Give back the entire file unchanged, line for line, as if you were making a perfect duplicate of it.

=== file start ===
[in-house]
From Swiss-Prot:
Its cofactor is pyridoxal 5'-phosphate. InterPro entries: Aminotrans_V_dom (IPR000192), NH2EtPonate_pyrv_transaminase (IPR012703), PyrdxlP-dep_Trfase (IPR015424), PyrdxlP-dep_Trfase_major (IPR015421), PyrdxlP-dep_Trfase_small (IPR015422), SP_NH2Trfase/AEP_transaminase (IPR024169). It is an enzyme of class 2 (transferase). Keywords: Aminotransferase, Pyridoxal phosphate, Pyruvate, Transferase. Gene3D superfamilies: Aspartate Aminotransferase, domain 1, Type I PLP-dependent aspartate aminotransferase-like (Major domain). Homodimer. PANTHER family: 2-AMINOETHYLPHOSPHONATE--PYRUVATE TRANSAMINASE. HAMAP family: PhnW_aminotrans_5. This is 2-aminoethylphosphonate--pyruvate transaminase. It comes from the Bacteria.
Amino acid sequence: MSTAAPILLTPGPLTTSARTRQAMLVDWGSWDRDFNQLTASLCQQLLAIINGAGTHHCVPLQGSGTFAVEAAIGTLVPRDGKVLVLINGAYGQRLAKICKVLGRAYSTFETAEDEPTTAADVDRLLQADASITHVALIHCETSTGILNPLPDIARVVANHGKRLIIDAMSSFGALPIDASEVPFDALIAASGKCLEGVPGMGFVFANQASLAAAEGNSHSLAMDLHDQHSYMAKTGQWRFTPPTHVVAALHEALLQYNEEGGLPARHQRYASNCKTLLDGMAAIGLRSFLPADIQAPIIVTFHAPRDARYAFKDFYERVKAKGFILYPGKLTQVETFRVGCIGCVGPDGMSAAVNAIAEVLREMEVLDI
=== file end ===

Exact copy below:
[in-house]
From Swiss-Prot:
Its cofactor is pyridoxal 5'-phosphate. InterPro entries: Aminotrans_V_dom (IPR000192), NH2EtPonate_pyrv_transaminase (IPR012703), PyrdxlP-dep_Trfase (IPR015424), PyrdxlP-dep_Trfase_major (IPR015421), PyrdxlP-dep_Trfase_small (IPR015422), SP_NH2Trfase/AEP_transaminase (IPR024169). It is an enzyme of class 2 (transferase). Keywords: Aminotransferase, Pyridoxal phosphate, Pyruvate, Transferase. Gene3D superfamilies: Aspartate Aminotransferase, domain 1, Type I PLP-dependent aspartate aminotransferase-like (Major domain). Homodimer. PANTHER family: 2-AMINOETHYLPHOSPHONATE--PYRUVATE TRANSAMINASE. HAMAP family: PhnW_aminotrans_5. This is 2-aminoethylphosphonate--pyruvate transaminase. It comes from the Bacteria.
Amino acid sequence: MSTAAPILLTPGPLTTSARTRQAMLVDWGSWDRDFNQLTASLCQQLLAIINGAGTHHCVPLQGSGTFAVEAAIGTLVPRDGKVLVLINGAYGQRLAKICKVLGRAYSTFETAEDEPTTAADVDRLLQADASITHVALIHCETSTGILNPLPDIARVVANHGKRLIIDAMSSFGALPIDASEVPFDALIAASGKCLEGVPGMGFVFANQASLAAAEGNSHSLAMDLHDQHSYMAKTGQWRFTPPTHVVAALHEALLQYNEEGGLPARHQRYASNCKTLLDGMAAIGLRSFLPADIQAPIIVTFHAPRDARYAFKDFYERVKAKGFILYPGKLTQVETFRVGCIGCVGPDGMSAAVNAIAEVLREMEVLDI